Who are patent engineers?
Patent engineers are law professionals who assist in the preparation of patent filings. Patent attorneys often have a group of Patent Engineers on staff. Many Patent Engineers have technical degrees.
www. Patent Engineers .com

How to patent an idea, and profit from your invention
Patent an invention
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01 Profiting from your inventions 101 (How to file a patent)
the patent process
02 What is an invention?
novelty, patentable subject matter
03 How do patents protect your rights to an invention?
rights, enforcement
04 Why use an Inventor's Logbook
why it is important to keep one
05 How to keep an Inventor's Logbook
guidelines and tips
06 Copyrights, trademarks and patents.
is one better than the other
07 What does a patent look like?
embodiments, claims etc.
08 Which countries should I file my patent in?
usually in more than one country
09 How much time and money to file in?
legal fees, time taken
10 How do I collect royalties off my patents?
11 Search for prior art
resources and databases
12 Your responsibilities
and your attorney's responsibilities
A Case study: a patent (part 1)
a patent dissected
B Case study: a patent (part 2)
a patent dissected
C 10 Simple Inventions
used all over the world!
D Tips for Inventors
pitfalls and hints
E How to Invent
(Anyone can be an inventor!)

how to start inventing
F The patent process
the formal patent process
About this site
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How to keep an inventor's logbook or notebook

Remember that the purpose of your logbook is for it to be an irrefutable diary of your progress, so that if it comes to a legal conflict, you can produce your logbook and supporting evidence to substantiate your claim that you were the first to start working on your invention. So all the tips that I describe below are meant to show that your log entries are authentic and have not been modified after the fact.

If you are using a paper-based logbook, make sure it is one that has pages that cannot be added or removed easily. In other words, the binding should be very secure. Also make sure that each page has a serial number and you should fill up each page chronologically. This is to remove any doubt that someone could have tampered with the pages in your logbook.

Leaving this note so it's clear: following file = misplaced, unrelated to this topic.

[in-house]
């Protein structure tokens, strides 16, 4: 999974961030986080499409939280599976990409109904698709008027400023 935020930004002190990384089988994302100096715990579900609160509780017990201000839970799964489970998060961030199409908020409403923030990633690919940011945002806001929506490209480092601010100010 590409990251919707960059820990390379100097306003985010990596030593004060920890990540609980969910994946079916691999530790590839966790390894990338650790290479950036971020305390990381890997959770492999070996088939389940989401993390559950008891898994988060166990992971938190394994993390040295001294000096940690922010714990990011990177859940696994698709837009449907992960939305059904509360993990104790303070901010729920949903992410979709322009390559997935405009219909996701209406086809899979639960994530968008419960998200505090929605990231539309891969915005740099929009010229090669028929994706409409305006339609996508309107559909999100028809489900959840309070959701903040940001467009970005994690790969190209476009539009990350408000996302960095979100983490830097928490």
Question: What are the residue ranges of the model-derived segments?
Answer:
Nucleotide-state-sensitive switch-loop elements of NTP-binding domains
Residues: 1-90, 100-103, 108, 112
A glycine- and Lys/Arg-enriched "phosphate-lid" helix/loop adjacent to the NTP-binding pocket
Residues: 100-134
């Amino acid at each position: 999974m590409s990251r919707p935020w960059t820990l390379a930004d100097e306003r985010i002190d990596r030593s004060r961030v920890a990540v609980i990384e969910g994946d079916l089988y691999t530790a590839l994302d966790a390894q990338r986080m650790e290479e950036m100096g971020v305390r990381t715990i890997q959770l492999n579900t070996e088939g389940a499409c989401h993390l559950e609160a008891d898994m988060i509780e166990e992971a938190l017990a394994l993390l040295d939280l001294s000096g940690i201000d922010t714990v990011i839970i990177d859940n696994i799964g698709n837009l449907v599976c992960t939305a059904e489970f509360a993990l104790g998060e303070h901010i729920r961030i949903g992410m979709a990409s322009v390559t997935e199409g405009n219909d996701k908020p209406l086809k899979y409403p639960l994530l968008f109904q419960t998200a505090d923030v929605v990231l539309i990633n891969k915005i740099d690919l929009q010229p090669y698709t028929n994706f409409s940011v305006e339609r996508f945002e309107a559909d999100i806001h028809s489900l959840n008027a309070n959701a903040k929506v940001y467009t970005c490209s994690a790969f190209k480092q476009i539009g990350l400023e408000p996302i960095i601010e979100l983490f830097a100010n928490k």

When you make entries, don't leave spaces between entries and don't leave blank pages between entries. This makes it clear that you had no intention of going back to fill in additional information later on. Also, never amend an entry or add footnotes to an existing entry; it may look like you are falsifying the entry! If you want to note an amendment, make a new entry in your logbook saying what it is that you want to amend, then explain which entry it is you are referring to. Only then should you go back to an earlier entry and add a signed and dated footnote saying to refer to your new logbook entry that explains your amendment.

Always record the names, telephone numbers and addresses of people you have contacted in the process of working on your invention. This is useful if you need them to corroborate your story at a later time. This doesn't mean that you should tell them about your idea! What I mean is that they can be called as witnesses who could testify something like "Yes, he bought 20 sheets of aluminum from me on the 20th of January", which could support a claim that your were building your first prototype in January.

You should also include all drawings that you have made of your invention. Photos, which are dated, may also be helpful. Once your invention has become a workable prototype, you should consider explaining it to a trusted person, and having the person sign in your logbook saying something to the effect that "he has received an explanation, on this date, of the information in the logbook". This trusted person can then be called on as a witness if necessary. Naturally, for this person to be a credible witness, it should be someone of good characters, has no run-in with the law, and does not stand to benefit financially from your invention. (i.e. a co-inventor wouldn't count, because he or she could be construed as having some financial stake in the invention, and might be tempted to give unreliable witness testimony).

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Copyright © 2008 Wei-lung Wang All rights reserved.
Email: wang@patentengineers.com.